Mi chiamo Maria C. Martino e vivo all’estrema punta meridionale della Calabria, in quel luogo conosciuto anche come Distretto del Bergamotto, un’area di appena 120 km limitata alla fascia Jonica del Reggino.
A great lover of writing, passionate connoisseur of perfumes and cinema, as well as a dear friend: Gabriela Guidetti.
I am honored and still excited by the reading of his article, and I am always surprised how much you manage to give me and how much beauty is returned to me; so I'm sure that maybe what I do is a good thing.
I leave you to the story of Gabriela,enjoy the reading!
“...i garofanini sovrapponevano il loro odore pepato a quello protocollare delle roseed a quello oleoso delle magnolie che si appesantivano negli angoli; e sotto sotto si avvertiva anche il profumo della menta misto a quello infantile della gaggíaed a quello confetturiero della mortella; e da oltre il muro l'agrumeto faceva straripare il sentore di alcova delle prime zagare. Era un giardino per ciechi: la vista costantemente era offesa: ma l'odorato poteva trarre da esso un piacere forte benché non delicato”Il Gattopardo, Giuseppe Tomasi di Lampedusa
The natural botanical perfumes or fragrances are part of that niche made up of artisans and herbalists, connoisseurs of perfume art trying to instill in their fragrances a kind of reality of their memories and impressions of their land. La Mia Casa nel Vento is one of these magical crossroads and the real and abstract place in which Maria Martino lives and creates. Surrounded by intense scents of the Mediterranean touching the bright coasts of Calabria, Maria for several years is trying to recreate that inebriating scented air flow that enters every morning from its windows opened on the Calabrian hills.
Hand-made solid and liquid perfumes handcrafted in small numbers and encased in precious small chest that protect the fragrant heart, ready to reverberate on the skin of those who wear them all the olfactory suggestions that inspired Maria And to inspire Mary, or Mariù for friends, are not only the smells of his land, but also those that wake up between the pages of a book she loved, like the scents that emanate in the garden of the Prince of Salina, the protagonist of Il Gattopardo, the masterpiece written in 1958 by Tomasi di Lampedusa to which Mariù dedicated her perfume Il Giardino del Gattopardo. In 1963, the Italian movie master Luchino Visconti directed the film based on the literary classic. Sumptuous tableau of the twilight of the ancient Sicilian nobility between end of the nineteenth and the beginning of the twentieth centuries, Il Gattopardo revolves around the figure of Prince Fabrizio Salina, the spectator against his will of the historical changes, and his tormented acceptance of the union between the new bourgeoisie and the decadent aristocracy led by young members more interested in politics than in twelfare of their homeland. Each frame of Il Gattopardo emanates the scents of Sicily, hot, ripe, piercing, fruity, opulent.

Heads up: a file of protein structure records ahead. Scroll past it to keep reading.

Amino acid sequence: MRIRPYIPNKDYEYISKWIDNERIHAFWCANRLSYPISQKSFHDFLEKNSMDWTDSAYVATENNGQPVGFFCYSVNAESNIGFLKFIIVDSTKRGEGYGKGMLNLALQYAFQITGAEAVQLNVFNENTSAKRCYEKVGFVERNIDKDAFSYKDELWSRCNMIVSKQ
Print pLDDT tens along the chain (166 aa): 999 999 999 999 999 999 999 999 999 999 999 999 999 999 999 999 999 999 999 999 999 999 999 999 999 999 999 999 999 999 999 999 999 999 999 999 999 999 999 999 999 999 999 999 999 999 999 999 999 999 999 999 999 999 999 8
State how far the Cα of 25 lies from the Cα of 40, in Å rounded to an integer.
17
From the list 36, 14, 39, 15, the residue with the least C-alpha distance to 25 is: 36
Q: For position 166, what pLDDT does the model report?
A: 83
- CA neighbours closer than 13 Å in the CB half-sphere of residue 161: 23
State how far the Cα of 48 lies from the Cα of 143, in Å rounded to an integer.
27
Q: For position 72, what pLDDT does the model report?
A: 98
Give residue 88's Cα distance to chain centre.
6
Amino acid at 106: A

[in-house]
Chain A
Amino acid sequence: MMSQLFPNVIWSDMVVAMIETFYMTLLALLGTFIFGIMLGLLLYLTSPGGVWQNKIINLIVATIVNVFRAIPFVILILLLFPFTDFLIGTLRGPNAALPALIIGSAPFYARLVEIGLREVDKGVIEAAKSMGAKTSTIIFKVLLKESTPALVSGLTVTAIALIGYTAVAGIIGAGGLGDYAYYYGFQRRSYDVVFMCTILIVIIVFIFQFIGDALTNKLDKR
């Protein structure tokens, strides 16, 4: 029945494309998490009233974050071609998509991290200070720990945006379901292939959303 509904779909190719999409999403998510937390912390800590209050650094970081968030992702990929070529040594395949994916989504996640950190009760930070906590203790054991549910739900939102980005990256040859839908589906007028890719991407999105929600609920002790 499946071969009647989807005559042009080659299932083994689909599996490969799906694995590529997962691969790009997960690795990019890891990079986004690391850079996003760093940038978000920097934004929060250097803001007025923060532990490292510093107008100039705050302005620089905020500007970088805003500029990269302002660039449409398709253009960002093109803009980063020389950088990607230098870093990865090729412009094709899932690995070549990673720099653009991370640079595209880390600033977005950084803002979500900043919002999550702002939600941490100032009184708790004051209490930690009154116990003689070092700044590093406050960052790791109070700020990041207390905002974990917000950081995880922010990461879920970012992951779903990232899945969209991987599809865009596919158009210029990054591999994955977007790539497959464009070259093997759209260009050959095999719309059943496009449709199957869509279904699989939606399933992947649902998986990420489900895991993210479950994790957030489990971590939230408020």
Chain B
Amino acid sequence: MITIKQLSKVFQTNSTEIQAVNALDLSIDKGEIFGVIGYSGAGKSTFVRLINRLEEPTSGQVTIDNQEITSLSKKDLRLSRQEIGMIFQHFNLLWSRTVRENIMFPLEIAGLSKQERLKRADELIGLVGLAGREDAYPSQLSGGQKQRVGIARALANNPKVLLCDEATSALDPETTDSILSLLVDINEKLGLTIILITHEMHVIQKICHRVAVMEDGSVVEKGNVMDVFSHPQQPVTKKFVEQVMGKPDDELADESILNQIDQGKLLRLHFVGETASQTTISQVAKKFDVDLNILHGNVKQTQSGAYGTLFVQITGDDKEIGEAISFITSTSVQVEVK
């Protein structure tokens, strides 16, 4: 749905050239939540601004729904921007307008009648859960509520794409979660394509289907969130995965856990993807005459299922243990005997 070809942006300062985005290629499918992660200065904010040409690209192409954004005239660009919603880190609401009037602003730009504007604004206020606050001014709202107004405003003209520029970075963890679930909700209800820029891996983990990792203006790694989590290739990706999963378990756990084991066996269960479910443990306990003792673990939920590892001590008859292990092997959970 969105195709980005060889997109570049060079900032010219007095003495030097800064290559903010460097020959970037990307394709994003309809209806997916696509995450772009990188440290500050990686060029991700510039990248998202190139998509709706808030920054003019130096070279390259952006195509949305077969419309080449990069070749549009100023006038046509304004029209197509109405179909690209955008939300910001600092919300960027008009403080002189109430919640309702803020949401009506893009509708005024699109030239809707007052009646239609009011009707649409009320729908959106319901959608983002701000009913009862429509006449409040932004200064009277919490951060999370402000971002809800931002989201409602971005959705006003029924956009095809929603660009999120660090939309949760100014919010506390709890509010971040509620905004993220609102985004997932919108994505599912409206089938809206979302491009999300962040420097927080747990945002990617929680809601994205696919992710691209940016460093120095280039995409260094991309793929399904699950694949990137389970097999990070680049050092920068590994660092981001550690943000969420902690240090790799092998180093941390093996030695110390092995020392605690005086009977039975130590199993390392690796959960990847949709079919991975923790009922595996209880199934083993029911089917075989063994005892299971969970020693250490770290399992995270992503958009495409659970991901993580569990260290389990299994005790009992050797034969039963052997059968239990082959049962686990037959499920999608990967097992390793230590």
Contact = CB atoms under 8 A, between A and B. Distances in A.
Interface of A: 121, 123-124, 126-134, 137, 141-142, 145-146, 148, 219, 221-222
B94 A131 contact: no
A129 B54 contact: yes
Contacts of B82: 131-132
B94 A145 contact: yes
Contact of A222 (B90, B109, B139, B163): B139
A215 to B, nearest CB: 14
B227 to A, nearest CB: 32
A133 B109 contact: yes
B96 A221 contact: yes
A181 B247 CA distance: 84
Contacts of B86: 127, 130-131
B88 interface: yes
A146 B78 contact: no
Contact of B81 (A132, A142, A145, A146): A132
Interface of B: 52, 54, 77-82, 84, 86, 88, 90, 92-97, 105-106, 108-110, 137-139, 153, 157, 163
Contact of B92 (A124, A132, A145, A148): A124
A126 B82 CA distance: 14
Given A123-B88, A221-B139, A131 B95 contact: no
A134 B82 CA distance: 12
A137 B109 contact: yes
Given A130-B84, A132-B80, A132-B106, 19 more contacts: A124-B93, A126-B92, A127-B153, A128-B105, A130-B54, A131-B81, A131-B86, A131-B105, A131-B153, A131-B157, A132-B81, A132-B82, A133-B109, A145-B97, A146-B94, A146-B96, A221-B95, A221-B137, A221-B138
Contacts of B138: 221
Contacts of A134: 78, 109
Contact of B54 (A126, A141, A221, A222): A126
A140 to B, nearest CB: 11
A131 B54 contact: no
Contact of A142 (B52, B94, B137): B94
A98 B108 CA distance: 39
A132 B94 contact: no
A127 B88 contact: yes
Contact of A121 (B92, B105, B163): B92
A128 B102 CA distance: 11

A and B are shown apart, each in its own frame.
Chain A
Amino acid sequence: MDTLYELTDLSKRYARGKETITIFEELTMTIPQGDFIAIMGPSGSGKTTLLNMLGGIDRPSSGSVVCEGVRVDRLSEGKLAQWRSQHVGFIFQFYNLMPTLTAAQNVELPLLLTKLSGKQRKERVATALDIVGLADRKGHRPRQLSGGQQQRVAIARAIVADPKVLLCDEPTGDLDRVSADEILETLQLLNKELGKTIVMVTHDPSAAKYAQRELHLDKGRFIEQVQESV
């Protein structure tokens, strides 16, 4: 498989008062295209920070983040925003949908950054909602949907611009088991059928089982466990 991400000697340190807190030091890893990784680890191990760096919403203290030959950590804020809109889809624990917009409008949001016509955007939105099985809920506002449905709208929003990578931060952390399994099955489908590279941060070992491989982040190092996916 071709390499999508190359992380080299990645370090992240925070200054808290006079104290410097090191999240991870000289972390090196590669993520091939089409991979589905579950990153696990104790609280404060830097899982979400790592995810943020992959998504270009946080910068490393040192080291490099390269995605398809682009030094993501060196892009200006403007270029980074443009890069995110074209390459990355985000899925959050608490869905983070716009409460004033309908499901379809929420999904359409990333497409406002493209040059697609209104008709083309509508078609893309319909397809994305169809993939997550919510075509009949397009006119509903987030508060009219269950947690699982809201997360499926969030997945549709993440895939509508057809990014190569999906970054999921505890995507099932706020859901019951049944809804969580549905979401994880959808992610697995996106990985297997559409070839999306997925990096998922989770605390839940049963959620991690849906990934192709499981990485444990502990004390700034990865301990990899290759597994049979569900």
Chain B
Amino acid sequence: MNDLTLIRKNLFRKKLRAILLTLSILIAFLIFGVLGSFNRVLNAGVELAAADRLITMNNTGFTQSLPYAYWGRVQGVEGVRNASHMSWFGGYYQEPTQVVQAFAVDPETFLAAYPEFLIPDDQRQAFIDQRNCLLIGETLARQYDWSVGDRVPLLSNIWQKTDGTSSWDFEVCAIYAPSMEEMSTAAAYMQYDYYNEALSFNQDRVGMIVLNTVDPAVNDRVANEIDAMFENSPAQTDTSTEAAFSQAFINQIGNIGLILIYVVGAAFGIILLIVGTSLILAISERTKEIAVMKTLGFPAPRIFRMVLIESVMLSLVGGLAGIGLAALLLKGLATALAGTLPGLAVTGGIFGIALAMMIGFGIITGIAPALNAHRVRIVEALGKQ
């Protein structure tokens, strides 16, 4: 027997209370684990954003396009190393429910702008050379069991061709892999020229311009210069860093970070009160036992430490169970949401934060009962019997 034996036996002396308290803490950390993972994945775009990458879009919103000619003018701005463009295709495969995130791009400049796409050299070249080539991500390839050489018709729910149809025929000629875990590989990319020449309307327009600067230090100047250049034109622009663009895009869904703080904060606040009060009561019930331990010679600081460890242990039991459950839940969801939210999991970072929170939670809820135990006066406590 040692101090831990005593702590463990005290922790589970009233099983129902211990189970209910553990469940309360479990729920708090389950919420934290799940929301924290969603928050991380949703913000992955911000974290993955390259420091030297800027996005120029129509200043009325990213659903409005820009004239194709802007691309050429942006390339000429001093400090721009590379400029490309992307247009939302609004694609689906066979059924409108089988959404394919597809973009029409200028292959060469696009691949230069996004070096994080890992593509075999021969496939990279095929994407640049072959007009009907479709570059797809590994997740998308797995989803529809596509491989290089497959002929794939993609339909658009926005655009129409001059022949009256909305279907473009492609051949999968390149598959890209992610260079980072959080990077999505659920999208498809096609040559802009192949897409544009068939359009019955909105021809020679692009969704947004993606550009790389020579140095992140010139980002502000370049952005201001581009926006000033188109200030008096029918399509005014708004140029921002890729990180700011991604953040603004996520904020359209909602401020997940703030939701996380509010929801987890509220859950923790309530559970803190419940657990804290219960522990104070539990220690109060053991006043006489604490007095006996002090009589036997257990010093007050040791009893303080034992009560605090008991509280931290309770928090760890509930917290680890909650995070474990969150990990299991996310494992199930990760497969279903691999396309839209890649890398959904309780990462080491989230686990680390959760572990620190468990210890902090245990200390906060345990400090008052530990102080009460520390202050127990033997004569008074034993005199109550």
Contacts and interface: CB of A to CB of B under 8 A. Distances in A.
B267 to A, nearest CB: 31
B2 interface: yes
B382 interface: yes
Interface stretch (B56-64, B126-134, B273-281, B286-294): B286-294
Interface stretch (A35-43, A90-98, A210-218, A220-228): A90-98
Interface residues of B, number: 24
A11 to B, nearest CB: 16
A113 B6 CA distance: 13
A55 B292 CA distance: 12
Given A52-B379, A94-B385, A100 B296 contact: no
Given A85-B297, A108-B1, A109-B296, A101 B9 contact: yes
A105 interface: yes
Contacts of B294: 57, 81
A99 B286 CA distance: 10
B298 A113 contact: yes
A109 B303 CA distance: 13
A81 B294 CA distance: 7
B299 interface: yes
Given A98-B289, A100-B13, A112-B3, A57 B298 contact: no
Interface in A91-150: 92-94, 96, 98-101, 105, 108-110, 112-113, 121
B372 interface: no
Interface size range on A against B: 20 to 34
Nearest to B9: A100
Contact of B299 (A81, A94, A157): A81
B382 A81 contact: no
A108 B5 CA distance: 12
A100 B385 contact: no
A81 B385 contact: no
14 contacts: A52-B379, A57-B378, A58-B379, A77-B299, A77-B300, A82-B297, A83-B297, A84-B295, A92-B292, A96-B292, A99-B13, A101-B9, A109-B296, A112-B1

The same scents included into Il Giardino del Gattopardo fragrance. There's a sequence, one of the most famous in the movie, which does not take place outdoors, but which also has all the intensity of the perfume created by Maria: the waltz of Don Fabrizio, Il Gattopardo (Burt Lancaster) and Angelica (Claudia Cardinale), the fianceè of Tancredi (Alain Delon), the Prince's grandson. Golden stuccos sumptuously decorate the ballroom and reverberate the soft lights of the candles over the guests wrapped in tails, silks, lace and damask. Heat and whispers, alluring glances and waving fans. The orchestra starts playing a waltz, just as Don Fabrizio, Tancredi and Angelica enter into the great hall. She invites the Prince to dance. Angelica in her white dress, rich and fluffy is like a breath of refreshing and bright citrus. Bergamot and neroli weave into the silky ruffles flounces of the dress and then lay down on Angelica's amber skin. The two dance elegant and light while all others admire and murmure. Citruses dissolve in dense notes of opulent and sugary flowers. Magnolia, acacia and rose bring out mediterranean and impudent beauty of Angelica and radiate her femininity in throbbing waves. Prince leads the waltz with the aplomb and the coolness of those who did not need to prove anything because he is the Gattopardo, last survivor of an ancient coat of arms.
Don Fabrizio is the Sicily, is the smell of the sea and herbs dried up by the sun and for this by even stronger. The noble flowers are seduced and cooled by notes of mint and green myrtle and lead the fragrance up to the last pas-de-deux. The dance ends and Don Fabrizio brings back Angelica into the arms of the handsome Tancredi. It's time for the Gattopardo to go and leave his time and his world to the young lovers. It will stay in the air the heady scent of his garden drowned in the sun. And this fragrance will turn in the mellow waft of a rustling silk unrolled on the skin and in the olfactory enchantment of a distant memory evoked by Maria in La mia casa nel vento.
Il Giardino Del Gattopardo – La mia casa nel vento Nose: Maria Martino
Olfactory notes: neroli, bergamot, magnolia, acacia, Damask rose absolute, carnation pink, mint, green myrtle.
Il Gattopardo - Luchino Visconti, 1963 Cast: Burt Lancaster (Prince Don Fabrizio Salina); Claudia Cardinale (Angelica Sedara); Alain Delon (Tancredi Falconeri); Paolo Stoppa (Don Calogero Sedar) From Il Gattopardo by Giuseppe Tomasi di Lampedusa (1958) Cinematography: Giuseppe Rotunno
Music: Nino Rota
Luchino Visconti won the Palm d'Or at Cannes Film Festival in 1963